The GAO compared the hourly pattern of prices in the August-October 2000 period with the same period in 1998, a period that exhibited price patterns consistent with competitive behavior. Through econometric analysis they find that the hourly pattern of price movements in 2000 differed from the 1998 pattern, a result consistent with supplier exercise of market power. The report acknowledges, though, that they did not completely control for the other acknowledged causes of the price pattern in 2000: higher-than-expected natural gas prices, increases in emissions credit prices, the increasingly narrow gap between supply capacity and inelastic demand, the retail price cap that gave no incentives to consumers to shift load away from peak hours, the drought in the Pacific Northwest, and temperature. Without performing an analysis that more fully controls for these variables, this current GAO analysis is not really additionally persuasive beyond the claims of market power put forth in other studies. That said, though, this study is well-done, and the econometric analyses they performed is consistent with the other analyses of the California energy crisis, some of which are cited in the report. (A pedantic presentation criticism: they report coefficient estimates and standard errors, but not the actual marginal effects of the changes in variables, so it's hard to assess the magnitudes of the effects of the variables and compare them to see which had the biggest effect on price).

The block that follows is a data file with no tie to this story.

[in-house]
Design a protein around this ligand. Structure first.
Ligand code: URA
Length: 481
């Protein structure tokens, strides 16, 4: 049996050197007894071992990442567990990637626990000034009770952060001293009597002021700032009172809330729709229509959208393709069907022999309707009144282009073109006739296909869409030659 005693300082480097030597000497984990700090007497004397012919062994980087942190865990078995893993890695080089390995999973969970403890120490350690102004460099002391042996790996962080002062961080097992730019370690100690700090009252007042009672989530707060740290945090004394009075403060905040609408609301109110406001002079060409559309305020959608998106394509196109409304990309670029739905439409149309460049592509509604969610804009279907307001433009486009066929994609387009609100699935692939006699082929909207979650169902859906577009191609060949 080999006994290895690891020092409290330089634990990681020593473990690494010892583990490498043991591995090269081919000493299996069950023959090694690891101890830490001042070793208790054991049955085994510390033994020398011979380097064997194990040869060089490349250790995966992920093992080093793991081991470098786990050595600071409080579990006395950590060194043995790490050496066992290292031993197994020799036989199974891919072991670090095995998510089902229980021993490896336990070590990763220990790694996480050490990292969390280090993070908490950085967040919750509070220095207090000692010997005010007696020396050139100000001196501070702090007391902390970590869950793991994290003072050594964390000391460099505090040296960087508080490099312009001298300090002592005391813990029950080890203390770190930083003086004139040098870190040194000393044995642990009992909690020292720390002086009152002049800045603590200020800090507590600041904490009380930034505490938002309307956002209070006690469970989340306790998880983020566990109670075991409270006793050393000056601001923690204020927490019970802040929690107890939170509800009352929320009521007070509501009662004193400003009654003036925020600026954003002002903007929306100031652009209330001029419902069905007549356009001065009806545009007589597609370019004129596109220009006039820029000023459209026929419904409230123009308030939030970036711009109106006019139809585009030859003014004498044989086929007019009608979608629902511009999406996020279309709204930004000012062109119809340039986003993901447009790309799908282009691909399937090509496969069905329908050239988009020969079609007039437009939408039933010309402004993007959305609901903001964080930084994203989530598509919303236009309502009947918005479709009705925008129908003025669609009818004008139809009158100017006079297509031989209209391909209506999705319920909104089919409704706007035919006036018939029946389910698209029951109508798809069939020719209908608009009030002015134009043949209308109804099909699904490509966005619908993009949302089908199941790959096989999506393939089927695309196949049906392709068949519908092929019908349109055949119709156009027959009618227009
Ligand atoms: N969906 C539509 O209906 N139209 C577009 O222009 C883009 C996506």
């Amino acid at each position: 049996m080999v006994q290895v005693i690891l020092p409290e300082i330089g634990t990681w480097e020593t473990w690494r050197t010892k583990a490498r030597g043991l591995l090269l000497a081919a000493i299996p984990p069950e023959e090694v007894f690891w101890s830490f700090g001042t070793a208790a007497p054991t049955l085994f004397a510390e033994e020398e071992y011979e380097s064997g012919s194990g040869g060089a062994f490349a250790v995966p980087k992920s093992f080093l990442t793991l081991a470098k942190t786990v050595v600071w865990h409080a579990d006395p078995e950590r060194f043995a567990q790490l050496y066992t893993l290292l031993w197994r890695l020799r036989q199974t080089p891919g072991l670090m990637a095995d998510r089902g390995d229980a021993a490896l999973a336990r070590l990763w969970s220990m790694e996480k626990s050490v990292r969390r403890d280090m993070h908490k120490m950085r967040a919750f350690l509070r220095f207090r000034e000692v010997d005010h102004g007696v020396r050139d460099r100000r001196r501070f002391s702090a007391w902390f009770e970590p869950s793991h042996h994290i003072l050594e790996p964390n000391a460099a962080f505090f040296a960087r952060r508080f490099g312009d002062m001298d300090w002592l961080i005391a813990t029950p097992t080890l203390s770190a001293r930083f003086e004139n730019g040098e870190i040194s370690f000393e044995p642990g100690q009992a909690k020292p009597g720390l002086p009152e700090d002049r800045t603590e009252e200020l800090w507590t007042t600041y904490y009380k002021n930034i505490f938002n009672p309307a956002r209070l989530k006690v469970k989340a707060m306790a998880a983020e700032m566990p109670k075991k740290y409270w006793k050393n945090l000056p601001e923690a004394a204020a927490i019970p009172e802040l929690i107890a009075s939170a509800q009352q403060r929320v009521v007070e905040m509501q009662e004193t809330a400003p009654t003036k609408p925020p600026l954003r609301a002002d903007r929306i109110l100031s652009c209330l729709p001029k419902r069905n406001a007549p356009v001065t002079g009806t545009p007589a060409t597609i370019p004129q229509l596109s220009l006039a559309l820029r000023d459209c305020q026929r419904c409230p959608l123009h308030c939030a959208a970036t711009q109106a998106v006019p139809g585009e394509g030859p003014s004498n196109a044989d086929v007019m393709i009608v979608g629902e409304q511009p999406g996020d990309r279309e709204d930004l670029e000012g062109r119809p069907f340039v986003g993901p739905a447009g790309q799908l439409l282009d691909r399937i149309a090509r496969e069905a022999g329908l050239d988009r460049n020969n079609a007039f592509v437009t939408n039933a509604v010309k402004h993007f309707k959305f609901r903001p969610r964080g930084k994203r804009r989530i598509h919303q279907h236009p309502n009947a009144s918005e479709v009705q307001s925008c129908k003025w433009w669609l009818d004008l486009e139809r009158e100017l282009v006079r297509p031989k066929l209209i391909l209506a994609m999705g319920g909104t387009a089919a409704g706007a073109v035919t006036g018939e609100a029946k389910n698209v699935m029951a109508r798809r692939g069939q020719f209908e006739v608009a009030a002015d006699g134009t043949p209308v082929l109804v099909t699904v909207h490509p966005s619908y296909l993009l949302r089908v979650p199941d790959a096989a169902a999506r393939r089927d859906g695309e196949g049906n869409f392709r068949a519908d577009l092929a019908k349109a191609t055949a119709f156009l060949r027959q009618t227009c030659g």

I found the most interesting result in their analysis to be the effects of the various price caps that the CAISO implemented that affected the period in question -- $750 from September 1999 to July 1, 2000, $500 from July 1, 2000 to August 7, 2000, and $250 from August 7, 2000 to the end of the period covered in the analysis. They found that the $500 price cap in July and early August, as well as the $250 price cap from August 2000, actually raised prices. While some may find this result surprising, it's actually quite consistent with economic theory, and with experimental results. They also found that the $750 price cap raised prices, but with less statistical significance (at 10%). Again, though, we have to take these results with a grain of salt, because once you control for the factors mentioned above, this result might not really exist.